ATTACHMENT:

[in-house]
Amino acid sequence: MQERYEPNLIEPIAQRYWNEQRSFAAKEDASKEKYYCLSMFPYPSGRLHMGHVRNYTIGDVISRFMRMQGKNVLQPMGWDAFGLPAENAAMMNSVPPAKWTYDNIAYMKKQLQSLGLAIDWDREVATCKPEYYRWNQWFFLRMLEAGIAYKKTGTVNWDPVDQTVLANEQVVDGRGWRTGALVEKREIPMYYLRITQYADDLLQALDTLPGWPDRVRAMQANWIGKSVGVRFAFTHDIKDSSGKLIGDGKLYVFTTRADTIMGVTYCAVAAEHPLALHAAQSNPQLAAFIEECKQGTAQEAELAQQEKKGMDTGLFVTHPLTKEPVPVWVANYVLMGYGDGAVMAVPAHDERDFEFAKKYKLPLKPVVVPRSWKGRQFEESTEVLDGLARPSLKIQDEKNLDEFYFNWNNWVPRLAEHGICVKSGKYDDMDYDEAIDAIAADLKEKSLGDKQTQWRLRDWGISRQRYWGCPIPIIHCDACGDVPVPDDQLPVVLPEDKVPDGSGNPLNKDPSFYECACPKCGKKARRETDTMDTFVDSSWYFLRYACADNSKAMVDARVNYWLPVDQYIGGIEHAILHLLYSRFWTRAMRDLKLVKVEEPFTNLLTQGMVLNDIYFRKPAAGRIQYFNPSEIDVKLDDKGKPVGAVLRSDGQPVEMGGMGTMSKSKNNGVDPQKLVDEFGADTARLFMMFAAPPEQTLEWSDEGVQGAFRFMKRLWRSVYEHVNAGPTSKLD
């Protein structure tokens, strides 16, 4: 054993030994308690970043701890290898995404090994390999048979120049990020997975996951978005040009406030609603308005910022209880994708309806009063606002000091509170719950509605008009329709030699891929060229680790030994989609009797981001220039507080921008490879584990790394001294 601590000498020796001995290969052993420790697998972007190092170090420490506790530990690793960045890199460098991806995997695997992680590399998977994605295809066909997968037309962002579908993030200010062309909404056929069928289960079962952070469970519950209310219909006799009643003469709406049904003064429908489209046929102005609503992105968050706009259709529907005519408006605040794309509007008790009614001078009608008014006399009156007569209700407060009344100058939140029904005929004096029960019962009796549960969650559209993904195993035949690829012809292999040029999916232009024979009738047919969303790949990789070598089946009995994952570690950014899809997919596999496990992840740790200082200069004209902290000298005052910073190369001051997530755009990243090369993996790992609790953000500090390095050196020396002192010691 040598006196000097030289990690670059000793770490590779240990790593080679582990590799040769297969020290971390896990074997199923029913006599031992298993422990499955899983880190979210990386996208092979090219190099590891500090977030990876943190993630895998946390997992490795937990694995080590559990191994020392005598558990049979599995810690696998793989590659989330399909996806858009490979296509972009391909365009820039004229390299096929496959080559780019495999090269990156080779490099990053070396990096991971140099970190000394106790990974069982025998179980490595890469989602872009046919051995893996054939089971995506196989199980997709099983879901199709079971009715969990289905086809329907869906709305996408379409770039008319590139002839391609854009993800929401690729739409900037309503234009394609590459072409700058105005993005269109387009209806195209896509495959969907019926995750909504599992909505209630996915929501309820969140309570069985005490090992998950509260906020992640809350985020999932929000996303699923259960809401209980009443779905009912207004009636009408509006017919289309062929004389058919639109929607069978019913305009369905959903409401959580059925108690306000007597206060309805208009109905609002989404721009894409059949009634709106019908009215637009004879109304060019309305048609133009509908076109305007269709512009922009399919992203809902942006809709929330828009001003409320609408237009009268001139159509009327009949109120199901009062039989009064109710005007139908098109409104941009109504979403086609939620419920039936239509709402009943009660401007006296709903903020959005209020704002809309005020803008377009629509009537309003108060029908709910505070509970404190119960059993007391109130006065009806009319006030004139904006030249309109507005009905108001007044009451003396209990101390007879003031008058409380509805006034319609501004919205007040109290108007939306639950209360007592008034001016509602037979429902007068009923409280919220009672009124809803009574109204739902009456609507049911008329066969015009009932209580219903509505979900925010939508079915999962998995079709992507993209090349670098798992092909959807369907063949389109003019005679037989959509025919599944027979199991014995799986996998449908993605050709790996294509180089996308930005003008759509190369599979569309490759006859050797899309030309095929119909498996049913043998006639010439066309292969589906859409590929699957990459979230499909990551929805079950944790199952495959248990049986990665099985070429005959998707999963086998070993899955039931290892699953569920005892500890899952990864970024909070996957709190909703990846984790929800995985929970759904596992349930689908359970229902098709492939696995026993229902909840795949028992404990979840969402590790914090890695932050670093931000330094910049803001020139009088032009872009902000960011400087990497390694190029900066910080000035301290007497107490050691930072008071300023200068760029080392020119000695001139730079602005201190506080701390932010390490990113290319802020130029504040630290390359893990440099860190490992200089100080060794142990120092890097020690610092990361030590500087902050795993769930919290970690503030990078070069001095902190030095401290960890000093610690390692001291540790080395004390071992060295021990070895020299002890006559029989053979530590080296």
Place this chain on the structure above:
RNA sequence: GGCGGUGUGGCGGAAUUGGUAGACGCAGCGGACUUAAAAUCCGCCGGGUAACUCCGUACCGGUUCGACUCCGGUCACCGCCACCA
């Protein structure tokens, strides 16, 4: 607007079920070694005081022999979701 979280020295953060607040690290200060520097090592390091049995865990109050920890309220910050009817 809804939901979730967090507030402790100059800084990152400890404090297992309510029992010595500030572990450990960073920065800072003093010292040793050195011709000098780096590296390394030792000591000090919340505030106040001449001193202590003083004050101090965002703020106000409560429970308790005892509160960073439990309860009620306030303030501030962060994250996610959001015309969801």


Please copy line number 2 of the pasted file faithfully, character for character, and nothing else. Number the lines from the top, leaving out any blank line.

Amino acid sequence: MQERYEPNLIEPIAQRYWNEQRSFAAKEDASKEKYYCLSMFPYPSGRLHMGHVRNYTIGDVISRFMRMQGKNVLQPMGWDAFGLPAENAAMMNSVPPAKWTYDNIAYMKKQLQSLGLAIDWDREVATCKPEYYRWNQWFFLRMLEAGIAYKKTGTVNWDPVDQTVLANEQVVDGRGWRTGALVEKREIPMYYLRITQYADDLLQALDTLPGWPDRVRAMQANWIGKSVGVRFAFTHDIKDSSGKLIGDGKLYVFTTRADTIMGVTYCAVAAEHPLALHAAQSNPQLAAFIEECKQGTAQEAELAQQEKKGMDTGLFVTHPLTKEPVPVWVANYVLMGYGDGAVMAVPAHDERDFEFAKKYKLPLKPVVVPRSWKGRQFEESTEVLDGLARPSLKIQDEKNLDEFYFNWNNWVPRLAEHGICVKSGKYDDMDYDEAIDAIAADLKEKSLGDKQTQWRLRDWGISRQRYWGCPIPIIHCDACGDVPVPDDQLPVVLPEDKVPDGSGNPLNKDPSFYECACPKCGKKARRETDTMDTFVDSSWYFLRYACADNSKAMVDARVNYWLPVDQYIGGIEHAILHLLYSRFWTRAMRDLKLVKVEEPFTNLLTQGMVLNDIYFRKPAAGRIQYFNPSEIDVKLDDKGKPVGAVLRSDGQPVEMGGMGTMSKSKNNGVDPQKLVDEFGADTARLFMMFAAPPEQTLEWSDEGVQGAFRFMKRLWRSVYEHVNAGPTSKLD